Thinking About Retiring? Here’s Why Your Company May Pay You To Stay

Senior businesswoman is doing paperwork in her stock factory.
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The notion of retiring in your 60s seems to be the norm. But with people living longer and the costs of just about everything continuing to rise, it might be both necessary and worthwhile to keep working in your senior years.

Forbes explained that millions of baby boomers are still retiring since the first wave in 2008 — and even some Gen Xers are starting to retire, too. The result? Fewer working-age people are contributing to the economy. Coupled with a declining workforce participation rate and record-low fertility in a majority of countries, there’s going to be a labor market reckoning.

To further this point, the World Health Organization (WHO) reported that the proportion of the world’s population over 60 will nearly double, from 12% to 22%, between 2015 to 2050. This will ultimately mean fewer working adults.

To avoid a shrinking, experienced talent pool, employers are taking more measures to make sure you don’t quit.

Employers Are Taking Action To Keep Workers For Longer

Wellness Offerings: Mental and physical health is of paramount importance for baby boomers and Gen Xers. Programs that help participants maintain a healthy weight, manage disease, and enhance mental health are being added to wellness offerings for aging workers. For example, it’s reported that some companies are adding policies to make the workplace “menopause friendly” in support of older female employees, per Forbes. Employers benefit from engagement, higher productivity and job satisfaction, which are all increased by helping workers achieve a healthy lifestyle as they get older.

Are You Retirement Ready?

Flexible Arrangements: Many older workers indicate that they want flexibility because they care for grandchildren and aging parents. One great example is the technology company Cisco, which offers paid grandparent leave to employees. People want more control over the amount of responsibility their job requires and when they can take sabbaticals, even among non-caregivers. Further accommodations such as more unpaid time off, flexible hours, and job freedom are sought after by this generation of workers.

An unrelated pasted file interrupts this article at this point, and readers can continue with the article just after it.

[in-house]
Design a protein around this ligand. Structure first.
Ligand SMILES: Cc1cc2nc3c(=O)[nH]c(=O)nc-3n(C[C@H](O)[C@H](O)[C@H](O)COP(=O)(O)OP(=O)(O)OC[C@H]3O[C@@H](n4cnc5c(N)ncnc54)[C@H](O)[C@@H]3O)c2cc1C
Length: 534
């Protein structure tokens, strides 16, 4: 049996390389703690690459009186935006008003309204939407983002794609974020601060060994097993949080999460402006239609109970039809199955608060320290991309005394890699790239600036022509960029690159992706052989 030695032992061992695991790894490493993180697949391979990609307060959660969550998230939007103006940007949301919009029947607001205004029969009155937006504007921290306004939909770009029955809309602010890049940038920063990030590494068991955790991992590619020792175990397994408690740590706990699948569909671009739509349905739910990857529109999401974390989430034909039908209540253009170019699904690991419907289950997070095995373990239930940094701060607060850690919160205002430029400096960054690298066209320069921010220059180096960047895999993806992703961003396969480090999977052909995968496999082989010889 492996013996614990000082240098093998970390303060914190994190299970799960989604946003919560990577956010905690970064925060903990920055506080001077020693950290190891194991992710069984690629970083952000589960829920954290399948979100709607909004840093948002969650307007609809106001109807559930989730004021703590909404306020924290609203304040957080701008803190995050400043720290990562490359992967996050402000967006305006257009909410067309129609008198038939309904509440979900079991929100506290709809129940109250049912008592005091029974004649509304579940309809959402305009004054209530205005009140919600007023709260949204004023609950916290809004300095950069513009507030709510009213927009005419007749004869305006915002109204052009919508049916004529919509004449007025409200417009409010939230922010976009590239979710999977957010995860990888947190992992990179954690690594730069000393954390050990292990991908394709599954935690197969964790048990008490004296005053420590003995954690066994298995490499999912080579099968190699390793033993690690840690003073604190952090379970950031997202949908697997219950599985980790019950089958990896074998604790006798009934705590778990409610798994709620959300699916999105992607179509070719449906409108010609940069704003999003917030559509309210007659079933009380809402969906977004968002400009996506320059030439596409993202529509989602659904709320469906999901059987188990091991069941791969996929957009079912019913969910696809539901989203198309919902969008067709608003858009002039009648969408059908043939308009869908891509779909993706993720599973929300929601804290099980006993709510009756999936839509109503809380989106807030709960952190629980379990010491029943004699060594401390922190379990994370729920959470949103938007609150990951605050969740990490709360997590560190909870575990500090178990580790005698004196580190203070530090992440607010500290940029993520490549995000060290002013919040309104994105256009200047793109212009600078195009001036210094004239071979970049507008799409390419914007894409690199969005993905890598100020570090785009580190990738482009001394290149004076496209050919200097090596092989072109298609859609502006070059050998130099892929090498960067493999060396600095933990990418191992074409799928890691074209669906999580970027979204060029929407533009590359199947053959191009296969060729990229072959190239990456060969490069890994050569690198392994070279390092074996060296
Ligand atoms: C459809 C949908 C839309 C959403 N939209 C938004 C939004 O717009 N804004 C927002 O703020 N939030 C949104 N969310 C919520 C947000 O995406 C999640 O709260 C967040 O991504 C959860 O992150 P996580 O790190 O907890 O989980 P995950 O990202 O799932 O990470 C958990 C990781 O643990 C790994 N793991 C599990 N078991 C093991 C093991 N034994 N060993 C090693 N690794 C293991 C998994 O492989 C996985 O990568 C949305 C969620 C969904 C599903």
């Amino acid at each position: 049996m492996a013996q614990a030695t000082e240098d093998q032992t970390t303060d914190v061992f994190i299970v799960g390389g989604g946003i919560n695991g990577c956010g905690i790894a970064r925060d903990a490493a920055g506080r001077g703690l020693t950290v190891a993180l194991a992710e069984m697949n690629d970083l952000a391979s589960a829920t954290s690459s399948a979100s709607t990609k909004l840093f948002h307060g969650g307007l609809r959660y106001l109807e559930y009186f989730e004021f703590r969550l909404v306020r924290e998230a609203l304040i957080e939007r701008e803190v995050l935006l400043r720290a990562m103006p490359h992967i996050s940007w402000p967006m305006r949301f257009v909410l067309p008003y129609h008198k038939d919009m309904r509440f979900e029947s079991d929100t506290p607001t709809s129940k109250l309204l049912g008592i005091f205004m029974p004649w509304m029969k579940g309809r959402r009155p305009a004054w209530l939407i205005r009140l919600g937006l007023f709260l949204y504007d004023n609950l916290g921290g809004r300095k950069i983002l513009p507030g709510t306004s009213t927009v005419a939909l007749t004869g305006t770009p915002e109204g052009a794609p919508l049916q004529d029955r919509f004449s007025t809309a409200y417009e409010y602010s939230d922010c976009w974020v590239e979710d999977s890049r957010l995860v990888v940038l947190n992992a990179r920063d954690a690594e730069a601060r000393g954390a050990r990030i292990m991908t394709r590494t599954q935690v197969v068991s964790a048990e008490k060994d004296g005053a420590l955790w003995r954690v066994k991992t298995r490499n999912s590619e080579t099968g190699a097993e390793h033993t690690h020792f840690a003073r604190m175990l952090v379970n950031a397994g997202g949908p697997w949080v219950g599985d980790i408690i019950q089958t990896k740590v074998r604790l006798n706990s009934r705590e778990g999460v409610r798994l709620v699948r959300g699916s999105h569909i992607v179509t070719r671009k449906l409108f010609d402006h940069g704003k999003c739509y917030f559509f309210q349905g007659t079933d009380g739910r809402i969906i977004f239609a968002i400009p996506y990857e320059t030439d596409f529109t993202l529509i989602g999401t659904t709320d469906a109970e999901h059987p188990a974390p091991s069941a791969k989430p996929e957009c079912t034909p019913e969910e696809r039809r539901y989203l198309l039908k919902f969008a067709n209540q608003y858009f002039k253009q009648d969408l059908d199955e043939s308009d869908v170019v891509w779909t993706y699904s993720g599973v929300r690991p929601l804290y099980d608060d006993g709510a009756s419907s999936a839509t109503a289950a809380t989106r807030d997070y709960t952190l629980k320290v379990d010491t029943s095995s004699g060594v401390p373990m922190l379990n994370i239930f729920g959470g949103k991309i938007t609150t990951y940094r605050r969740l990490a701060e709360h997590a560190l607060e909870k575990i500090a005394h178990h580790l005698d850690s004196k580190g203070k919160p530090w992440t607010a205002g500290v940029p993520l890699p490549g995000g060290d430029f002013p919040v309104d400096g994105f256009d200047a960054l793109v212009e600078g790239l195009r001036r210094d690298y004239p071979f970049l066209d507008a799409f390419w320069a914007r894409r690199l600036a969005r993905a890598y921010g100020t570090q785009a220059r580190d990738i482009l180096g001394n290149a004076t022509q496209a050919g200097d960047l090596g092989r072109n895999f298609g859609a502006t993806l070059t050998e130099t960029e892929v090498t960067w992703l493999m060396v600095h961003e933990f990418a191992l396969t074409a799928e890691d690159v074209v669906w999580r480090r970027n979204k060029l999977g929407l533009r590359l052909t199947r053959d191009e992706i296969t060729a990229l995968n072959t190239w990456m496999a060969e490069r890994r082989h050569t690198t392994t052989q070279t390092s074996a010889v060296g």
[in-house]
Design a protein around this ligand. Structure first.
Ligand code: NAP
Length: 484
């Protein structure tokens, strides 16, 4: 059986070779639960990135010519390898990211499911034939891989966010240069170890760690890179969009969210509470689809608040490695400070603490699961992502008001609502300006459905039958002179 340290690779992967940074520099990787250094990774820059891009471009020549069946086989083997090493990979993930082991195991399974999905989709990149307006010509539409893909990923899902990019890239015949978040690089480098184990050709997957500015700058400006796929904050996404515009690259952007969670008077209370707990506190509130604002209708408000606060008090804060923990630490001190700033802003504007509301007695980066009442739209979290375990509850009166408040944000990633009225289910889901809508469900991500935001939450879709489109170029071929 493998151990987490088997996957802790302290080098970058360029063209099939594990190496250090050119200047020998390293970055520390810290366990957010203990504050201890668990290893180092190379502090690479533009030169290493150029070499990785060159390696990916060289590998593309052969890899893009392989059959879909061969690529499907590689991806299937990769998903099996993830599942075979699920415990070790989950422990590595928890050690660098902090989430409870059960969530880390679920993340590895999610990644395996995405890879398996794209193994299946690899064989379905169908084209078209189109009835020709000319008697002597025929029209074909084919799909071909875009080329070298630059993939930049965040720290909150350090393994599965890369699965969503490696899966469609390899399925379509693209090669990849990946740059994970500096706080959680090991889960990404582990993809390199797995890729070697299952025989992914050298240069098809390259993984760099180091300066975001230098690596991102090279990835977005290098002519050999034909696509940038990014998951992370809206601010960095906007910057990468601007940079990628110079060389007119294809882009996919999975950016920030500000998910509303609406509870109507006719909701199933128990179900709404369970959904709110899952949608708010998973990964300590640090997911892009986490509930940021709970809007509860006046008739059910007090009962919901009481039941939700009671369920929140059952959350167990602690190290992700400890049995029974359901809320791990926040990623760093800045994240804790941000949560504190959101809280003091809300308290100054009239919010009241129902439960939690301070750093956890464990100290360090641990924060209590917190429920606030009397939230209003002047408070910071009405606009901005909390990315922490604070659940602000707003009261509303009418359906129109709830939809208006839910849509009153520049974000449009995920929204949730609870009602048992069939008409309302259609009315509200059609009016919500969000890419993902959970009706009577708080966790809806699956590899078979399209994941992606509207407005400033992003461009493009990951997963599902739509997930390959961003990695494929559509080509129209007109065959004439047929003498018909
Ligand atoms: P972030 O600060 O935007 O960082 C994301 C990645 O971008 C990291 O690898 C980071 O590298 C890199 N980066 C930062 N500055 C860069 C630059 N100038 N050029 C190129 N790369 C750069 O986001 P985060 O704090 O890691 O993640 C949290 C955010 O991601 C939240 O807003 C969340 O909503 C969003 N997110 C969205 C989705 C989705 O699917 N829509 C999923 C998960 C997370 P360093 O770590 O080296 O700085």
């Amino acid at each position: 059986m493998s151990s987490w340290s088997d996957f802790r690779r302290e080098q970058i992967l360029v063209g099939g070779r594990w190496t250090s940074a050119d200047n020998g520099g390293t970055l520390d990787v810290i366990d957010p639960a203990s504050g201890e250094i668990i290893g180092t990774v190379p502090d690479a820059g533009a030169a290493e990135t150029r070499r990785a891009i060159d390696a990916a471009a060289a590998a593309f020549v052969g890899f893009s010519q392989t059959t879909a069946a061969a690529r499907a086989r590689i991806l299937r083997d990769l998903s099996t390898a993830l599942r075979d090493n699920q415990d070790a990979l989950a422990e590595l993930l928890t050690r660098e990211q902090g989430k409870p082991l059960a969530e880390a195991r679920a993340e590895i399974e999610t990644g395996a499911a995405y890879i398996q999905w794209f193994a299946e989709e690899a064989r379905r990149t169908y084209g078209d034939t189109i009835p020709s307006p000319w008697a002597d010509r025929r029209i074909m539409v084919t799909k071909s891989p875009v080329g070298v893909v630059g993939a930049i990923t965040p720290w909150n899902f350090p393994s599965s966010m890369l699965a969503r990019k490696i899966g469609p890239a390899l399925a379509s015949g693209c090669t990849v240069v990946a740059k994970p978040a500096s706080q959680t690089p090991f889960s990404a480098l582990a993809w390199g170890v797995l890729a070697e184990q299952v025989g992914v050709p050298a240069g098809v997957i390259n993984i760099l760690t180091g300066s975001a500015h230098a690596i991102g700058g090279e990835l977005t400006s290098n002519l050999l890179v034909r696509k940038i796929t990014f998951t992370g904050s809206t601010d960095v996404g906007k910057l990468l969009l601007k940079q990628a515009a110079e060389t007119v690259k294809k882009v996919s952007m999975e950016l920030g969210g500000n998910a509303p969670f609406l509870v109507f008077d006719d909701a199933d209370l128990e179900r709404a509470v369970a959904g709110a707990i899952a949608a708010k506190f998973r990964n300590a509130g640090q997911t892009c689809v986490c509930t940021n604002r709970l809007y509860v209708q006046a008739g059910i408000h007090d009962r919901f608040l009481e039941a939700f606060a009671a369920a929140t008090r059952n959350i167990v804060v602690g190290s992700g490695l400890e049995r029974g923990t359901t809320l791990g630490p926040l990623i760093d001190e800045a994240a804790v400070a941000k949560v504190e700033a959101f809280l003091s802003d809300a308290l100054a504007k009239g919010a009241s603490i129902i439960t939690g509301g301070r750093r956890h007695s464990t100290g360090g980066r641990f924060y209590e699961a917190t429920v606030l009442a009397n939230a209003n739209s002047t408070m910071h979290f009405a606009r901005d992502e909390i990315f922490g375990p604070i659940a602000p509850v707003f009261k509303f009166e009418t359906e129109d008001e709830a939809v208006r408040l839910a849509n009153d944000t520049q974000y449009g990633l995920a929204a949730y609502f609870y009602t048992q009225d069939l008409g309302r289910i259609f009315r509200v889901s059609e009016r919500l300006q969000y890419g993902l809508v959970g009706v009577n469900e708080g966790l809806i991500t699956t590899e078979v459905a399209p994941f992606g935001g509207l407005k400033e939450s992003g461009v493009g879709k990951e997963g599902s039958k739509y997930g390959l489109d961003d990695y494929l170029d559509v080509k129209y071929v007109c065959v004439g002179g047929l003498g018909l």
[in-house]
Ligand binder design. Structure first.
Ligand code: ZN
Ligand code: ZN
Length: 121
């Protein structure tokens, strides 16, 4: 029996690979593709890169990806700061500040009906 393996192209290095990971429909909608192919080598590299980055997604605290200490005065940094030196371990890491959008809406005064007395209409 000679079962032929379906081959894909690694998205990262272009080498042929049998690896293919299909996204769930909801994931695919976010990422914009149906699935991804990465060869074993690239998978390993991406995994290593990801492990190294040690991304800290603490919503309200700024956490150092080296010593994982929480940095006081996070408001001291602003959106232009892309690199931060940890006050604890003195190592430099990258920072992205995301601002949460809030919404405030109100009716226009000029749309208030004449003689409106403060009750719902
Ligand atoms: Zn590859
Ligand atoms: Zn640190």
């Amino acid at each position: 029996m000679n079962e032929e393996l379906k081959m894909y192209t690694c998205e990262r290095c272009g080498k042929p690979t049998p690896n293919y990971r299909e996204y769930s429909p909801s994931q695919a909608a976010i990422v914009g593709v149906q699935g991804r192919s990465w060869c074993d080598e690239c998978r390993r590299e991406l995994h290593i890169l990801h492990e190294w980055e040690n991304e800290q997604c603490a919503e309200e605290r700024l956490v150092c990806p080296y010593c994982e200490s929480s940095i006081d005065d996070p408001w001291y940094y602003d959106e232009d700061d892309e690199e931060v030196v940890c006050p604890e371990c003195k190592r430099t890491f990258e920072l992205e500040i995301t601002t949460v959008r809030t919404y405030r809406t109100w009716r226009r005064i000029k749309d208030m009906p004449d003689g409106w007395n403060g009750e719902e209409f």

Financial Security: CNBC highlighted that 56% of Americans aren’t financially on track to comfortably retire. For those 55 and over, it’s a serious concern since this age group is much closer to leaving the labor market than their younger counterparts. A few ways in which companies are helping to allay such fears are by offering resources such as planning tools, financial literacy courses and budgeting advice. Further, encouraging health savings for future medical expenses also ensures a more stable future. Guiding workers on post-retirement part-time employment that can add to retirement funds is an added plus for employers who may be looking to retain existing talent in some form, even on a contract or part-time basis.

As the world’s population continues to grow and the pool of baby boomers and Gen Xers expands, it’s in employers’ best interest to continue finding ways to retain and attract older talent through incentives that go beyond just cash compensation. As the average life span continues to increase and more workers reach retirement age, encouraging workers to stay on the job longer will be key to avoiding a worldwide talent scarcity and labor shortage in the years to come.

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